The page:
Chesterfield is a town in Cheshire County, New Hampshire, United States. The population was 3,604 at the 2010 census. It includes the villages of Spofford and West Chesterfield. Chesterfield is home to Spofford Lake, Chesterfield Gorge Natural Area, and parts of Pisgah State Park and Wantastiquet Mountain State Forest.
Granted in 1735 by Governor Jonathan Belcher of Massachusetts, this town was the site of Fort Number 1, first in the line of forts bordering the Connecticut River. After the border between Massachusetts and New Hampshire was fixed, the town would be incorporated on 11 February 1752 by Governor Benning Wentworth as Chesterfield, named for Philip Stanhope, 4th Earl of Chesterfield. The first settlers were Moses Smith and William Thomas, who, with their families, came up the Connecticut in canoes, in the fall of 1761. Their chief subsistence through the winter and spring of their first year in the wilderness consisted of salmon and shad, of which there was a great abundance in the river, and deer, which were numerous in the forests. The town contains some of the finest farmland in Cheshire County, yet once was home to small manufacturing, notably spinning wheel parts and handtools.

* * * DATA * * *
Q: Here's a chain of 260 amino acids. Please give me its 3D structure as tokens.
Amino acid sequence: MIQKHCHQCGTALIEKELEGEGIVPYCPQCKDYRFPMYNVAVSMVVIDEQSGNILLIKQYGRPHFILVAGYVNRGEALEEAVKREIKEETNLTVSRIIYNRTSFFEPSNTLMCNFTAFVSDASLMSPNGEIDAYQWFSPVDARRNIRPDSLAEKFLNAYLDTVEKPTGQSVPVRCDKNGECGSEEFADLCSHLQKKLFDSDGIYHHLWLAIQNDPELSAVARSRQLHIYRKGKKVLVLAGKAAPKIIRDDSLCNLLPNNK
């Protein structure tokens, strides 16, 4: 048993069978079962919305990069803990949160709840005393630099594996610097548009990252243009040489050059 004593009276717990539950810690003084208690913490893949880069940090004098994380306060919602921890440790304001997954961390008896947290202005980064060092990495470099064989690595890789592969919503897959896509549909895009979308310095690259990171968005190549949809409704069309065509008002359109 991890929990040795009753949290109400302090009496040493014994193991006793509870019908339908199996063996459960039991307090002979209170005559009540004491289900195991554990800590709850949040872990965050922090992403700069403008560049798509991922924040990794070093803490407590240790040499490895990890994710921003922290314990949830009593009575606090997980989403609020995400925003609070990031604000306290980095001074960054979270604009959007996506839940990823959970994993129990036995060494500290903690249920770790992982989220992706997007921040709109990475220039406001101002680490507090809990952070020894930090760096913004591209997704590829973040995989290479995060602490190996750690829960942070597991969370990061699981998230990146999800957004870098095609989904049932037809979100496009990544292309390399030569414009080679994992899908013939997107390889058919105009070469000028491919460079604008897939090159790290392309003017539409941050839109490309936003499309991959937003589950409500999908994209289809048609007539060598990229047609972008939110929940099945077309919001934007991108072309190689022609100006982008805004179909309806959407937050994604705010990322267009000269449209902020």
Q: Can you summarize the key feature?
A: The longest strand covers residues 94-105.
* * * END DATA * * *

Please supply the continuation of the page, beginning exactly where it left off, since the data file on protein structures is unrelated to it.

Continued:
In 1772, Philip Embury conducted the first Methodist religious services in New Hampshire at the James Robertson farm in Chesterfield, and in 1803, Francis Asbury preached here. Asbury Church is listed on the National Register of Historic Places and is recognized for its historic puritan design. Asbury Church is considered the "Mother Church of Methodism" in New Hampshire, and is the oldest Methodist church in New Hampshire. The town has had continual Methodist Sunday services for over 225 years.
Chesterfield Academy, established in 1794, was for decades one of the most celebrated in the state. Spofford Lake is one of the region's largest and oldest resorts.